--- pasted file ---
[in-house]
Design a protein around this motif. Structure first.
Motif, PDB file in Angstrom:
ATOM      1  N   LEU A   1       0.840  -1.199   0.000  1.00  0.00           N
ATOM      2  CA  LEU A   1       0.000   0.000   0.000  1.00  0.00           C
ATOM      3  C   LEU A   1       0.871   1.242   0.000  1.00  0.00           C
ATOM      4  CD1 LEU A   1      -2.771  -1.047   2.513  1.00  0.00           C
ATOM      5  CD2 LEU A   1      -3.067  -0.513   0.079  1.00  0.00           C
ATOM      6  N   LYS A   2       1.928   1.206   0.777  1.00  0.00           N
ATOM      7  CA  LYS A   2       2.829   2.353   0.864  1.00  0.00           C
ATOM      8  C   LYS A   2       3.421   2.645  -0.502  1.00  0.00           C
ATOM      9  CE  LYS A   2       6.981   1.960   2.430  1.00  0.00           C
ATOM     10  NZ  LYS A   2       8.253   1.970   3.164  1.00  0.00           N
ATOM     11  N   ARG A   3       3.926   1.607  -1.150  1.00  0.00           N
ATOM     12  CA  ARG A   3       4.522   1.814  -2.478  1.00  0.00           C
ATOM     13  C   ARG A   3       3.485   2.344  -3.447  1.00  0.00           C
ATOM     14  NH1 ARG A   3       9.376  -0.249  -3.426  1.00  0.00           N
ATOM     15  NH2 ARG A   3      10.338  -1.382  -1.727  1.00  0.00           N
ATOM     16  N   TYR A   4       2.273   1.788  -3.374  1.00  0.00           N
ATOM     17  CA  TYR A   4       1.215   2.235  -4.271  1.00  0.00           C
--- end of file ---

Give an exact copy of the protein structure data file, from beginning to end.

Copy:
[in-house]
Design a protein around this motif. Structure first.
Motif, PDB file in Angstrom:
ATOM      1  N   LEU A   1       0.840  -1.199   0.000  1.00  0.00           N
ATOM      2  CA  LEU A   1       0.000   0.000   0.000  1.00  0.00           C
ATOM      3  C   LEU A   1       0.871   1.242   0.000  1.00  0.00           C
ATOM      4  CD1 LEU A   1      -2.771  -1.047   2.513  1.00  0.00           C
ATOM      5  CD2 LEU A   1      -3.067  -0.513   0.079  1.00  0.00           C
ATOM      6  N   LYS A   2       1.928   1.206   0.777  1.00  0.00           N
ATOM      7  CA  LYS A   2       2.829   2.353   0.864  1.00  0.00           C
ATOM      8  C   LYS A   2       3.421   2.645  -0.502  1.00  0.00           C
ATOM      9  CE  LYS A   2       6.981   1.960   2.430  1.00  0.00           C
ATOM     10  NZ  LYS A   2       8.253   1.970   3.164  1.00  0.00           N
ATOM     11  N   ARG A   3       3.926   1.607  -1.150  1.00  0.00           N
ATOM     12  CA  ARG A   3       4.522   1.814  -2.478  1.00  0.00           C
ATOM     13  C   ARG A   3       3.485   2.344  -3.447  1.00  0.00           C
ATOM     14  NH1 ARG A   3       9.376  -0.249  -3.426  1.00  0.00           N
ATOM     15  NH2 ARG A   3      10.338  -1.382  -1.727  1.00  0.00           N
ATOM     16  N   TYR A   4       2.273   1.788  -3.374  1.00  0.00           N
ATOM     17  CA  TYR A   4       1.215   2.235  -4.271  1.00  0.00           C